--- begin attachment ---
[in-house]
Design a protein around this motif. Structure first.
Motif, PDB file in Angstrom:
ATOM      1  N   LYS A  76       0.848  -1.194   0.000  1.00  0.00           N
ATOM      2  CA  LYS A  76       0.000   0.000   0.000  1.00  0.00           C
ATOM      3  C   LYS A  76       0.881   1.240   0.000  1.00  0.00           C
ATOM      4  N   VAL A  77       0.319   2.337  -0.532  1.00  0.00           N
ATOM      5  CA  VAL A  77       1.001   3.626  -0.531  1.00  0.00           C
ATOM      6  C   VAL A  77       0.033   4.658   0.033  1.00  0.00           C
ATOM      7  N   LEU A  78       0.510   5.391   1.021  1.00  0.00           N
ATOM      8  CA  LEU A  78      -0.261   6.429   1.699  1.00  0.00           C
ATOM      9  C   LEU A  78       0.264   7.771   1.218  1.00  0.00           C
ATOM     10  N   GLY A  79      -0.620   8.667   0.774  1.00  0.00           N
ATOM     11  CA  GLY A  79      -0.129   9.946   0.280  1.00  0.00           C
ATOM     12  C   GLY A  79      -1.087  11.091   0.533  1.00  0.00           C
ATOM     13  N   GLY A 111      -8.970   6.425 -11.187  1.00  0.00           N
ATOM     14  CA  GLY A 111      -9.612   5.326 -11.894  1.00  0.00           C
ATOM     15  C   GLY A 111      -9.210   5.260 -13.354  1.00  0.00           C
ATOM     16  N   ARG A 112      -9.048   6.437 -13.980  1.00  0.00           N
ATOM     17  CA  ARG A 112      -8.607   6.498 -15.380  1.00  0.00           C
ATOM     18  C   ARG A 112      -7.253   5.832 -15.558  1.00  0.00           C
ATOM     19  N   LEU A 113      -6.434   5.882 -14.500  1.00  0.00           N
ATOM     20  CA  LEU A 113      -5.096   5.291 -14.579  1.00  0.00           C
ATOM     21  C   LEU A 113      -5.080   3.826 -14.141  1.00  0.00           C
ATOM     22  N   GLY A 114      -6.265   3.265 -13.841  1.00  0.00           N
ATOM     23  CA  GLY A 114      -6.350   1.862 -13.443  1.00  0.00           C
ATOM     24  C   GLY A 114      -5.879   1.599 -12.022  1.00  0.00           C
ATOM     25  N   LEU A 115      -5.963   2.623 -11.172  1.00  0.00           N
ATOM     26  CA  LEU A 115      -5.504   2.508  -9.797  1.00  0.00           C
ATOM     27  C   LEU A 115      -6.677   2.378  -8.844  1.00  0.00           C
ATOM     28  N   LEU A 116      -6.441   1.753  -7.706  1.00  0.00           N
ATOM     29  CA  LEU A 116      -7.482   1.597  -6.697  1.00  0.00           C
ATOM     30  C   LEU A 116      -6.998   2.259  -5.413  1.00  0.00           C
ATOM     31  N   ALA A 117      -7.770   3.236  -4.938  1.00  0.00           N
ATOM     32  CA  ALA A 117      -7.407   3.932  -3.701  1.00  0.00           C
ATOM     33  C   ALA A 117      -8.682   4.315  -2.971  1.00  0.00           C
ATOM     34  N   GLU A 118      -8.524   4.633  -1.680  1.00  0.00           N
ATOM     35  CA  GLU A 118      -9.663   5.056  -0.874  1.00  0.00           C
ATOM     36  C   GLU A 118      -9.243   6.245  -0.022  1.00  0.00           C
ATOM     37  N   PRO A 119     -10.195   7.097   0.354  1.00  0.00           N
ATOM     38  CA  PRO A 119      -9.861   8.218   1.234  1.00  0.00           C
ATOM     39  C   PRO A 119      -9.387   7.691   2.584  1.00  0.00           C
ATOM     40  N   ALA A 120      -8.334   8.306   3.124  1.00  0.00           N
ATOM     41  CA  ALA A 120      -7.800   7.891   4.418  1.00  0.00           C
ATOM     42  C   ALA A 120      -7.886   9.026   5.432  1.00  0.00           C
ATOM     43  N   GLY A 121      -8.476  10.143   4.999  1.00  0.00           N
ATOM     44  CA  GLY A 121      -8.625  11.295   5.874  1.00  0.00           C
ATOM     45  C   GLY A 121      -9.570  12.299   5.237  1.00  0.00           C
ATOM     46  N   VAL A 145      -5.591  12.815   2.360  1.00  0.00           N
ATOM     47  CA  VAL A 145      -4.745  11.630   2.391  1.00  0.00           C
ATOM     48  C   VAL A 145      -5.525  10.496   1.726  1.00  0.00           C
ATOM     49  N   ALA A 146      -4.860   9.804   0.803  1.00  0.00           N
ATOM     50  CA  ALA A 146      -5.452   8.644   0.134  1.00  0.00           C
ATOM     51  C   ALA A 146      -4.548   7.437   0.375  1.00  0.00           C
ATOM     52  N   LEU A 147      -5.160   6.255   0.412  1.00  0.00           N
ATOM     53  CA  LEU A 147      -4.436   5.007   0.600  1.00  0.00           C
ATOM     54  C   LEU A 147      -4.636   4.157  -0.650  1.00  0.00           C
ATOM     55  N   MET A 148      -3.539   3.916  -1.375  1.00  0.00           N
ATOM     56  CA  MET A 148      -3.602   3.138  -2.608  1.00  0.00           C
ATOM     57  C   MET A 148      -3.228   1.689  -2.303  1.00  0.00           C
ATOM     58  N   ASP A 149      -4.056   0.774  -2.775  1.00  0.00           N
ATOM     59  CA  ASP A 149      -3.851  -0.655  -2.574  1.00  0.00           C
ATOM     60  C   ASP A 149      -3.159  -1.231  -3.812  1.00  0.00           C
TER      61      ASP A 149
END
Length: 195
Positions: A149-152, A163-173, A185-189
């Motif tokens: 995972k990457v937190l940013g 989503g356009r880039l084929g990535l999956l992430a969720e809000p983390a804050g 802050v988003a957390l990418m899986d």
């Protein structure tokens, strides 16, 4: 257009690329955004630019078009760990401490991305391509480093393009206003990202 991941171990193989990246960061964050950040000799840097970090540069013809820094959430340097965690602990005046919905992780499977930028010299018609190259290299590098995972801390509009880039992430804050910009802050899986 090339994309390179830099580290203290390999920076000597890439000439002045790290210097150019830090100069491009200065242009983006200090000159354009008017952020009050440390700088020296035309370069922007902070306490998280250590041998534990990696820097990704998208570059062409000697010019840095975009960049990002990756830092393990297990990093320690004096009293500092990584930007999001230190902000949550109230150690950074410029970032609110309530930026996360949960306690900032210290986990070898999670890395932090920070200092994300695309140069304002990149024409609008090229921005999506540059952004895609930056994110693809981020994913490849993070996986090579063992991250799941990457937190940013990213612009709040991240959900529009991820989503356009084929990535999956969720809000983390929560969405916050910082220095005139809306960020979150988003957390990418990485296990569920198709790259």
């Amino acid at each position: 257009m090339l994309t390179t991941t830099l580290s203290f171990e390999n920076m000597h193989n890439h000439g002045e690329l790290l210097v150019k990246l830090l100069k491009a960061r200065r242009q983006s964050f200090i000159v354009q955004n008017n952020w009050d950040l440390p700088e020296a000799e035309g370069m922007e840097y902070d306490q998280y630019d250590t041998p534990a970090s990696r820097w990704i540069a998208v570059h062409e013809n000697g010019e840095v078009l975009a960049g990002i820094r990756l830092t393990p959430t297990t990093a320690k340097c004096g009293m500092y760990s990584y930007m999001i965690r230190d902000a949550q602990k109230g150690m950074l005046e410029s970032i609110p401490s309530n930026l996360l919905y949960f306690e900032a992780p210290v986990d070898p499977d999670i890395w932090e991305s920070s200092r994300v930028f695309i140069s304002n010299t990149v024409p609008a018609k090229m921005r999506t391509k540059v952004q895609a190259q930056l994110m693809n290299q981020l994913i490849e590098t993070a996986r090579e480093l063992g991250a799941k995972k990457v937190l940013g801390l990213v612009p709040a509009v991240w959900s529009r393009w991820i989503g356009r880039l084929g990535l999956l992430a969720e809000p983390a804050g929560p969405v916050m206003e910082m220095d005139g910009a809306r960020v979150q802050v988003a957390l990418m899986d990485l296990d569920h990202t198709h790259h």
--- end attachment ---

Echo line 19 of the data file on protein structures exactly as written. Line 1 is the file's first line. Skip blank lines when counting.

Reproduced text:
ATOM     16  N   ARG A 112      -9.048   6.437 -13.980  1.00  0.00           N